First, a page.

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So I am designing a simple project where my Arduino reads analog values from a potentiometer, or rotation sensor, as it is called on EBay, and uses that value to determine how many relays to close. I am connecting 4 digital pins to the relay module, and powering it with a constant digital signal from pin 2.

Here is my code:

//set up the pins for activating each relay on the module
#define in1 13
#define in2 11
#define in3 10
#define in4 9
#define power 2      //set up the power pin for the module

void setup(){
 Serial.begin(9600);
 pinMode(in1, OUTPUT);
 pinMode(in2, OUTPUT);
 pinMode(in3, OUTPUT);
 pinMode(in4, OUTPUT);
 pinMode(power, OUTPUT);
 digitalWrite(power, HIGH);        //for power to the relay module
}

void loop(){
 float rotationValue = analogRead(A0);          //read raw value from potentiometer
 float percentValue = rotationValue / 10.23;       //convert the value to 0%-100%
 Serial.println(percentValue);                  //print it out on screen
 if(percentValue >= 0.00 && percentValue <= 1.00){         //all relays off
  digitalWrite(in1, LOW);
  digitalWrite(in2, LOW);
  digitalWrite(in3, LOW);
  digitalWrite(in4, LOW); 
 }
 else if(percentValue > 1.00 && percentValue <= 25.00){        //relay #1 on
  digitalWrite(in1, HIGH);
  digitalWrite(in2, LOW);
  digitalWrite(in3, LOW);
  digitalWrite(in4, LOW); 
 }
 else if(percentValue > 25.00 && percentValue <= 50.00){           //relay #1, #2 on
  digitalWrite(in1, HIGH);
  digitalWrite(in2, HIGH);
  digitalWrite(in3, LOW);
  digitalWrite(in4, LOW); 
 }
 else if(percentValue > 50.00 && percentValue <= 75.00){     //relay #1, #2, #3 on   
  digitalWrite(in1, HIGH);
  digitalWrite(in2, HIGH);
  digitalWrite(in3, HIGH);
  digitalWrite(in4, LOW); 
 }
 else if(percentValue > 75.00){             //all relays on
  digitalWrite(in1, HIGH);
  digitalWrite(in2, HIGH);
  digitalWrite(in3, HIGH);
  digitalWrite(in4, HIGH); 
 }
}

Ok, here's the problematic part. After I upload the program onto the board, when I set the potentiometer to the 0 position, all relays are on. And when I twist it to the 100 position, which is maximum, all relays are off. Although it is usable, what's weird is that when I start from 100 and twist it back toward 0, the relays will activate, but in the opposite order. So relay #4 will activate, then #3, then #2, and then #1, and all four are on when I reach 0. Is it something wrong with my code? I've checked and rechecked, and even checked with a different project where I connect the pins to LED's. And they work normally. But when I connect up the relay module, it's reversed. Any ideas?

Here is the relay module: http://www.miniinthebox.com/4-channel-relay-module-with-optocoupler-5v_p903429.html?currency=USD&litb_from=paid_adwords_shopping&gclid=Cj0KEQiAts-kBRCbgrXc1rnXw7MBEiQAnFqTdph_qI5n7rrpW7gZaxafVVkeWitQlN8FUSUJzdsV2JwaAlBA8P8HAQ

And here is the potentiometer: http://www.ebay.com/itm/Potentiometer-Sensor-module-Rotation-Angle-Sensor-Arduino-competible-/251656942542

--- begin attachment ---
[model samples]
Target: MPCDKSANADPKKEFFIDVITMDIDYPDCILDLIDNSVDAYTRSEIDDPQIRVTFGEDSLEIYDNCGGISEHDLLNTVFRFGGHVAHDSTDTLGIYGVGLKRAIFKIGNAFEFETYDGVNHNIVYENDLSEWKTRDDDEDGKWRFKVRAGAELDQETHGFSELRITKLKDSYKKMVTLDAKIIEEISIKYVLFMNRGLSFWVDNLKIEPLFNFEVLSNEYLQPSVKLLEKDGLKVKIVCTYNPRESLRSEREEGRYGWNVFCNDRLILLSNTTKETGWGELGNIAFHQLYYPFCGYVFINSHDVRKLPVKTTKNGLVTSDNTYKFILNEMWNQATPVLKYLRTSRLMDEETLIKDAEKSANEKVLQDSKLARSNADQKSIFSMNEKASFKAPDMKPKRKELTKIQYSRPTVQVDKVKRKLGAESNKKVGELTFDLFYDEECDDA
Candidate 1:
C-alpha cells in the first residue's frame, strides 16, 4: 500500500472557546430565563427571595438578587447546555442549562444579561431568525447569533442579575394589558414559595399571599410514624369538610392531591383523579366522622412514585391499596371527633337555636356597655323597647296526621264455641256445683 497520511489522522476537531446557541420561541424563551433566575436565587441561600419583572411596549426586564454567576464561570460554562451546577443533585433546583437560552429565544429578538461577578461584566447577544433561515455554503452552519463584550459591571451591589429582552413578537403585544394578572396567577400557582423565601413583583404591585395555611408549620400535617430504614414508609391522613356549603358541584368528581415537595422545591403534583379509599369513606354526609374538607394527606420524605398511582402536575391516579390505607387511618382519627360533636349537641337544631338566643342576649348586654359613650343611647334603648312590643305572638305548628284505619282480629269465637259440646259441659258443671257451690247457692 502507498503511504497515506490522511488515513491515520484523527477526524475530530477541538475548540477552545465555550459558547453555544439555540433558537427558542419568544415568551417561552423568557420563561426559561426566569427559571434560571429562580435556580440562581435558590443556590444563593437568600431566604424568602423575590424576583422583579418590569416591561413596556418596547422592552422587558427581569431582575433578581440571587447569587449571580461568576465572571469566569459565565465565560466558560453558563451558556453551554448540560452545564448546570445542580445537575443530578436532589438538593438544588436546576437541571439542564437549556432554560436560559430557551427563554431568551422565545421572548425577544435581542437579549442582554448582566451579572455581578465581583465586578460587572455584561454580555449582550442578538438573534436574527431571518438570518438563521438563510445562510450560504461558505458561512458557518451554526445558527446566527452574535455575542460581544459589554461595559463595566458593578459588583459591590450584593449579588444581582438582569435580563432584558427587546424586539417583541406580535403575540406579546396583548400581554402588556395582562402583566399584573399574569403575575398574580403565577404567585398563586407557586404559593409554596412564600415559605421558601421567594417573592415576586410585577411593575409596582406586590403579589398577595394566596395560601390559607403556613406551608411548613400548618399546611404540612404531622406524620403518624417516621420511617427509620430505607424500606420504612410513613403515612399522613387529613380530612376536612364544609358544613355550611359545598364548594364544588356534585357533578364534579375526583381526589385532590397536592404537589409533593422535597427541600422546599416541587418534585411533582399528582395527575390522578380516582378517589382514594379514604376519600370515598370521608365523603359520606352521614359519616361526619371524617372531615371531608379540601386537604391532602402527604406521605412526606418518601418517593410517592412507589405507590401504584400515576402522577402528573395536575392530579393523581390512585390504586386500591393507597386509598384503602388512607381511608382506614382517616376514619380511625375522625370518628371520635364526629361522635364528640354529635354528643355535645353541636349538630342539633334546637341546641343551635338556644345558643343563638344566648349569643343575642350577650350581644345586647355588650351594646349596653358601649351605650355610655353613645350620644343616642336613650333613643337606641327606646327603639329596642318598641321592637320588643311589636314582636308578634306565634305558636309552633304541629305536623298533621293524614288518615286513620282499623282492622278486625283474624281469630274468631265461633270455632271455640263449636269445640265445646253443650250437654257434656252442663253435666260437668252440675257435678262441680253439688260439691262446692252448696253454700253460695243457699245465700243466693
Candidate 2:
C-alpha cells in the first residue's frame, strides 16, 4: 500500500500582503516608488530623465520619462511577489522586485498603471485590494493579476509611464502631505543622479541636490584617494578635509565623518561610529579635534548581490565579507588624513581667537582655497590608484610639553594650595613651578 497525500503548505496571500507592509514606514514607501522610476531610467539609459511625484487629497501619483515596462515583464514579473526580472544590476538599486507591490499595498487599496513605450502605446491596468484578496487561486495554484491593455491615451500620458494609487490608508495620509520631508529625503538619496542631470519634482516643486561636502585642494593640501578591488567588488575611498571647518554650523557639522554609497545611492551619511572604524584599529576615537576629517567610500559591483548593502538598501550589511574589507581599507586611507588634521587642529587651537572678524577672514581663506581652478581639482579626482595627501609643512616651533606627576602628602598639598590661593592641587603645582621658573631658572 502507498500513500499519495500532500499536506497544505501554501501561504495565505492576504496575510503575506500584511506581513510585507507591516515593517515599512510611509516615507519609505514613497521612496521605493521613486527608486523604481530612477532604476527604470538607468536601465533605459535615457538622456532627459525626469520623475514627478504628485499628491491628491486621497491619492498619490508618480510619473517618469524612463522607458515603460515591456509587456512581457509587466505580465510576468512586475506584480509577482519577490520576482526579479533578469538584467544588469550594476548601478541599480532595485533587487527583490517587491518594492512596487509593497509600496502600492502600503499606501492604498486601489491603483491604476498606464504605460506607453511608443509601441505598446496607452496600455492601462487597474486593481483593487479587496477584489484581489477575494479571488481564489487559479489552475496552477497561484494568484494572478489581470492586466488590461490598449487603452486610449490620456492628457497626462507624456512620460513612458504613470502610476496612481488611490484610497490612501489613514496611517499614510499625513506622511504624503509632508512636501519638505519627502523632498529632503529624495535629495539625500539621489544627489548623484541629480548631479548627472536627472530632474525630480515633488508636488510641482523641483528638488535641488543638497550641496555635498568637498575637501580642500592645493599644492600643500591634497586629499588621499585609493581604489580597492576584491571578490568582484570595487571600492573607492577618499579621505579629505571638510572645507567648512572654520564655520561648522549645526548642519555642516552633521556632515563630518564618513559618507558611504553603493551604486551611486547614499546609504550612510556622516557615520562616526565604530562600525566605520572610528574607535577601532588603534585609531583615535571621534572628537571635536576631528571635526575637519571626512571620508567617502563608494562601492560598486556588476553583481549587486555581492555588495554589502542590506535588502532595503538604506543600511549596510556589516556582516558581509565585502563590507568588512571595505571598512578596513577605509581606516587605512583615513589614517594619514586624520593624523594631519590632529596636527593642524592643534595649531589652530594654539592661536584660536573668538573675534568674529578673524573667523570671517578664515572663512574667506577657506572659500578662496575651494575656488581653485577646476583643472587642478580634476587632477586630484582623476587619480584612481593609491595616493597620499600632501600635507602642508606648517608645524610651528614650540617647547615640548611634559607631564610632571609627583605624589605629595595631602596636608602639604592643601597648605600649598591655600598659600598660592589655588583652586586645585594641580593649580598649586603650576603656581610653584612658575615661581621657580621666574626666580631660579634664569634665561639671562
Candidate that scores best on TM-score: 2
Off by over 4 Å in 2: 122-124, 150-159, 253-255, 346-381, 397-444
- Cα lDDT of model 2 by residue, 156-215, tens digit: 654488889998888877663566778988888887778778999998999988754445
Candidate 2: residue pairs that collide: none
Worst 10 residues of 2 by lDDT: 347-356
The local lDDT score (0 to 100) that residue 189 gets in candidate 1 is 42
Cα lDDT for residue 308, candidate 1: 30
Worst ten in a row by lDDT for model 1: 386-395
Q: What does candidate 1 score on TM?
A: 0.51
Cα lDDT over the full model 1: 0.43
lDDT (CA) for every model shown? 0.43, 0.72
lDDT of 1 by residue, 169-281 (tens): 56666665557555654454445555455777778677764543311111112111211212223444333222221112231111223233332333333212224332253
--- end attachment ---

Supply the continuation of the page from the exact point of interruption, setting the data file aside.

I mean, right now I'm even thinking that the relay module may be labeled incorrectly, that the numbers are printed the wrong way. But it could be my fault, most likely.

Thanks for any help.

3

All the relay boards I've come across are 'active low' i.e. as you've discovered bringing the control pin down to earth activates the relay. As an aside just be careful that the arduino has enough juice to power the relays, a separate supply is normally required if these are coil rather than ssr type relays

  • They are mechanical relays. By "active low," do you mean that the relays are closed when voltage is applied to their gates? Or what do you mean by "bringing the control pin down to earth?" Are you saying to ground the pin? – user3211857 Dec 20 '14 at 8:50
  • Oh, I did some more searching and came to this: electronics.stackexchange.com/questions/90777/… So when you pull the control pin to ground, the difference in voltage makes current flow through the relay to whatever you're connecting it to. Ha, I've been using them wrong the whole time. – user3211857 Dec 20 '14 at 8:52
  • Don't worry about, it does seem counter intuitive till you look at the circuit diagram, I've made exactly the same mistake in the past. N.B do check the point I made about the relay power supply I would expect your Arduino's voltage regulator to be getting very hot powering all those relays – Bra1n Dec 20 '14 at 9:16
  • So would it be better to power the relay module from something else? Like having the Arduino close a MOSFET and use a separate 5V power source going from the MOSFET to the relays? – user3211857 Dec 20 '14 at 20:55
  • Ok, so now I have it working. Kind of. As I turn the potentiometer passed 0, relay #1 turns on, and my DC motor spins. But as I continue to turn, although the LED's on the module board indicate, the remaining three relays aren't doing anything. The only thing I've changed in my code is replace all the digitalWrite(inX, HIGH) to LOW whenever I want to turn on the relay. But only the first one works. Is this because there isn't sufficient current from the Arduino connected to USB? – user3211857 Dec 20 '14 at 22:36

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